U.S. oil output hampering market rebalancing: OPEC

OPEC's plan to cut production and support prices is likely to be undone by increased output in the USA, the International Energy Agency predicted Wednesday.

OPEC said oil inventories in industrialized countries dropped in April and would fall further in the rest of the year, but a recovery in USA production was slowing efforts to get rid of excess supply.

Pressure from US oil production and some OPEC members mean market balancing is stalled, the International Energy Agency reported Thursday.

Rather, it was the International Energy Agency's (IEA) new report that suggests that American oil supplies are going to exacerbate the problem producers are contending with in the market today: the global glut of crude.

Last month, Iran exported about 1.1 million bpd to Europe including Turkey, nearly reaching pre-sanction levels and only slightly below the 1.2 million bpd supplied to Asia, the source said.

Oil prices edged down on Tuesday after OPEC reported an increase in its production for May despite a supply cut agreement and said the oil market was rebalancing more slowly than expected.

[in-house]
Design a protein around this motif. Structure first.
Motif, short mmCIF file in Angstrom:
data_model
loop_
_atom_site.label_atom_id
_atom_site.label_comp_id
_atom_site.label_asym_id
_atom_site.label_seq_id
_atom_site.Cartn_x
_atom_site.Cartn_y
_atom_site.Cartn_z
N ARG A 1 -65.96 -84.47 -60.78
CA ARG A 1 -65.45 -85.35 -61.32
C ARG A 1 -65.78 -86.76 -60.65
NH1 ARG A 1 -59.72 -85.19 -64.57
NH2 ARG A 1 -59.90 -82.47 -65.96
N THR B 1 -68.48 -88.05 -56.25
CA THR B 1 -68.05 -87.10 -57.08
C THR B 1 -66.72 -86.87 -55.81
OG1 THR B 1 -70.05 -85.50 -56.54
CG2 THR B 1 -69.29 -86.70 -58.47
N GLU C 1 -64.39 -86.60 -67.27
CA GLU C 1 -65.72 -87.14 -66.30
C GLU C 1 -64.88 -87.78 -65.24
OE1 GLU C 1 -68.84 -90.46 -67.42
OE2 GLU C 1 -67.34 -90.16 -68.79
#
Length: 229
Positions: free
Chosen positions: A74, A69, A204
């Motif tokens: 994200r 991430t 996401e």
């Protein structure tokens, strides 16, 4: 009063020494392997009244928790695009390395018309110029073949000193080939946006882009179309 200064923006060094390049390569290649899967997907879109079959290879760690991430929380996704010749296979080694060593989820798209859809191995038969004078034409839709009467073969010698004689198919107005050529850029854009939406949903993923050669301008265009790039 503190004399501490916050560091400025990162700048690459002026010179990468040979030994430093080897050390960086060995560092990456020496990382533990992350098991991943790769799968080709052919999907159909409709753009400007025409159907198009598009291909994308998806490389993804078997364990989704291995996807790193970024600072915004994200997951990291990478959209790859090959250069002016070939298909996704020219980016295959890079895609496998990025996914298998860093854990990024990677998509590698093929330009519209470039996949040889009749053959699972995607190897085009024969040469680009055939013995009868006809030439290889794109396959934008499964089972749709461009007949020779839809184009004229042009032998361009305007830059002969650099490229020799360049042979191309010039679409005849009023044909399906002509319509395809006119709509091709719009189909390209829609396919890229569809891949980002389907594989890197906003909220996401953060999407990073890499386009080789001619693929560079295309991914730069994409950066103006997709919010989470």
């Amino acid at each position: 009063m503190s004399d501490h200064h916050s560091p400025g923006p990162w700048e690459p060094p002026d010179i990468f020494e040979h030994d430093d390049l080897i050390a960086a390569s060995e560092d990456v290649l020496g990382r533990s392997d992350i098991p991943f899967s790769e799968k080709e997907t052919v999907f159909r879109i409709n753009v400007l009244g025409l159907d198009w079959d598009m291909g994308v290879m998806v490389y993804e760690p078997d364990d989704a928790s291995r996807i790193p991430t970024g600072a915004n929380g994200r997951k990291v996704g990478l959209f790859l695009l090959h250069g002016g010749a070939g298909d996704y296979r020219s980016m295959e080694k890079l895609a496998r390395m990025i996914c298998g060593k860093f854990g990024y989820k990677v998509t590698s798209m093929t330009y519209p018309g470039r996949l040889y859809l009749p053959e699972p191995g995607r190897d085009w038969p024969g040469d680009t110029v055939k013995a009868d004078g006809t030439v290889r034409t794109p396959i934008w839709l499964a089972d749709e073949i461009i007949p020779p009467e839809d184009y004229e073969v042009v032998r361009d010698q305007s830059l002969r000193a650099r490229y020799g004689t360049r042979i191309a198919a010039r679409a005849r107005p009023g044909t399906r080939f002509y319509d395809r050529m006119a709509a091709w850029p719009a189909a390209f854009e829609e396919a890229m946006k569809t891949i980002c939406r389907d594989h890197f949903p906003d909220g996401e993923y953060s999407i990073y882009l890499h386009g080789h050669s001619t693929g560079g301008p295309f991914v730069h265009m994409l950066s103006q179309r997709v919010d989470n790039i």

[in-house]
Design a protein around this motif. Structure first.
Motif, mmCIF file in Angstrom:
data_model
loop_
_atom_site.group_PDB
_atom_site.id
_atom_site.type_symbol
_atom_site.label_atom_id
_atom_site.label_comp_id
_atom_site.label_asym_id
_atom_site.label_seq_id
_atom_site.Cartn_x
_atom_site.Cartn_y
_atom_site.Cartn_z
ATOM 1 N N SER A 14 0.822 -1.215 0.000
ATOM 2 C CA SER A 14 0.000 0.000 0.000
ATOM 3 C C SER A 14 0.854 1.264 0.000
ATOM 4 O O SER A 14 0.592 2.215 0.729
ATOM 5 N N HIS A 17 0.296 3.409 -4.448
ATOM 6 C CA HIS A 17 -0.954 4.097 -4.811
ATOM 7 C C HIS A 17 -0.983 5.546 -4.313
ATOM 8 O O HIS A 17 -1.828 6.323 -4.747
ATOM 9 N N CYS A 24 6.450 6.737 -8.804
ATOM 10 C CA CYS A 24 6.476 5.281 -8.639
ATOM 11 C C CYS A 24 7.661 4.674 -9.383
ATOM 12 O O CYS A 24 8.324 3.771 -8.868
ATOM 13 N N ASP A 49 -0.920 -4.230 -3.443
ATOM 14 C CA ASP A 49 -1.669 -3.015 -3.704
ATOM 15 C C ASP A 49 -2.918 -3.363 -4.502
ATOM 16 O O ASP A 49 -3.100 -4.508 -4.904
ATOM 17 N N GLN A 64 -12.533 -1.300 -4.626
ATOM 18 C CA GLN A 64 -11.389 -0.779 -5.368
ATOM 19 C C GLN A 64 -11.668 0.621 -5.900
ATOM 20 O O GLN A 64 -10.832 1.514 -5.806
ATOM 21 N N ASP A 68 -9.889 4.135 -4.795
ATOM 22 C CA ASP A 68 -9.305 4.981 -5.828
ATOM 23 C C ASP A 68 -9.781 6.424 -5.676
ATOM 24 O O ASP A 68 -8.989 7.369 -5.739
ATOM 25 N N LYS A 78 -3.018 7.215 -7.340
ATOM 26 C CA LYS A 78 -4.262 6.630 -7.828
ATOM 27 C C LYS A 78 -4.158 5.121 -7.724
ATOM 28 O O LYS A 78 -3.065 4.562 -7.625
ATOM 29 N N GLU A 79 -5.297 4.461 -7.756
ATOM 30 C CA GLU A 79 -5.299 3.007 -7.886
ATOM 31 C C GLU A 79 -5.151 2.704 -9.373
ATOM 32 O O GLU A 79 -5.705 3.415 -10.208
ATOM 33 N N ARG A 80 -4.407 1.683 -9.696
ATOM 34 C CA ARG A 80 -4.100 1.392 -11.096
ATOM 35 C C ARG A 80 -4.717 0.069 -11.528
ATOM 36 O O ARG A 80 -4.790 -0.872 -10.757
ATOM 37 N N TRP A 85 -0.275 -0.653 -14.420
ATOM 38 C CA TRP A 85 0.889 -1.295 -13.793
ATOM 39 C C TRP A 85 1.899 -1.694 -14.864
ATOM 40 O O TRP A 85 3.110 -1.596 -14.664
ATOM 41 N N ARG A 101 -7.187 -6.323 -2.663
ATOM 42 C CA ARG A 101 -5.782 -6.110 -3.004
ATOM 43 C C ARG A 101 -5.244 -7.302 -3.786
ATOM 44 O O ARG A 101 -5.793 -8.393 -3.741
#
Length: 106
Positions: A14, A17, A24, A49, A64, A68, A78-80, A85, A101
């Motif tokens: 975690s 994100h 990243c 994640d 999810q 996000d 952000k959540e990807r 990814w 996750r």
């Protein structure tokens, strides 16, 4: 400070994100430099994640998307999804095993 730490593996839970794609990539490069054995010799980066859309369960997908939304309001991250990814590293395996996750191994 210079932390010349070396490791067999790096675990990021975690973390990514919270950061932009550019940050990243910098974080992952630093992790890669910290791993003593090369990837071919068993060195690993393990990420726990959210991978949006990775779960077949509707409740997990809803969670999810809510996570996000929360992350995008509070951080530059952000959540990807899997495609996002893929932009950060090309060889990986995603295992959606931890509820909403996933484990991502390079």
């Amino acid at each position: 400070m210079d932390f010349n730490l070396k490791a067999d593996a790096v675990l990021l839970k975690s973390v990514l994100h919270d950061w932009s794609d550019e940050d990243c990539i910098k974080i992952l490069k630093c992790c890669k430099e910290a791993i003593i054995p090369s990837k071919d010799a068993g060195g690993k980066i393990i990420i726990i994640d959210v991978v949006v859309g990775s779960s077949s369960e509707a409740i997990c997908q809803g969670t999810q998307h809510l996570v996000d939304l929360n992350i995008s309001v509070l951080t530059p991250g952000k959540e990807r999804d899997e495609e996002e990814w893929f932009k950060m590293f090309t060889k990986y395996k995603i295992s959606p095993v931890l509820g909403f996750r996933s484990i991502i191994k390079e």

U.S. West Texas Intermediate (WTI) crude futures CLc1 were at $45.96 per barrel, down 50 cents, or 1.1 percent. US crude futures CLc1, meanwhile, were down 3.4 percent to $44.92 a barrel, the lowest intraday level since May 5.

"Inventory data out last night showed another weekly build in crude inventories despite markets expecting a draw", he said.

However, oil stocks are near record highs in many regions across the world as traders anticipate further fall in prices. But adherence to the cuts is under scrutiny and the producer group said this week its output rose by 336,000 bpd in May to 32.14 million bpd.

Due to projections of lower oil productions, the EIA reports that the responsiveness of the United States to global oil production may ultimately mean a greater supply in the country for 2018. Plummeting oil prices would be an economic negative for oil producing nations, according to other analysts cited by CNBC. OPEC also revised down its forecast for non-OPEC oil supply growth this year by 110,000 bpd to 58.14 million bpd.

The U.S. oil boom will keep piling on the pain for OPEC well into next year. The global benchmark crude traded at a premium of $2.14 to August WTI. On May 25, the countries said they agreed to extend the cuts nine months through next March.

But a monthly oil market report issued Tuesday by OPEC revealed that Nigeria and Libya - two members exempted from the cuts - had ramped up production, leading to a significant increase in the cartel's overall May output.

  • Zachary Reyes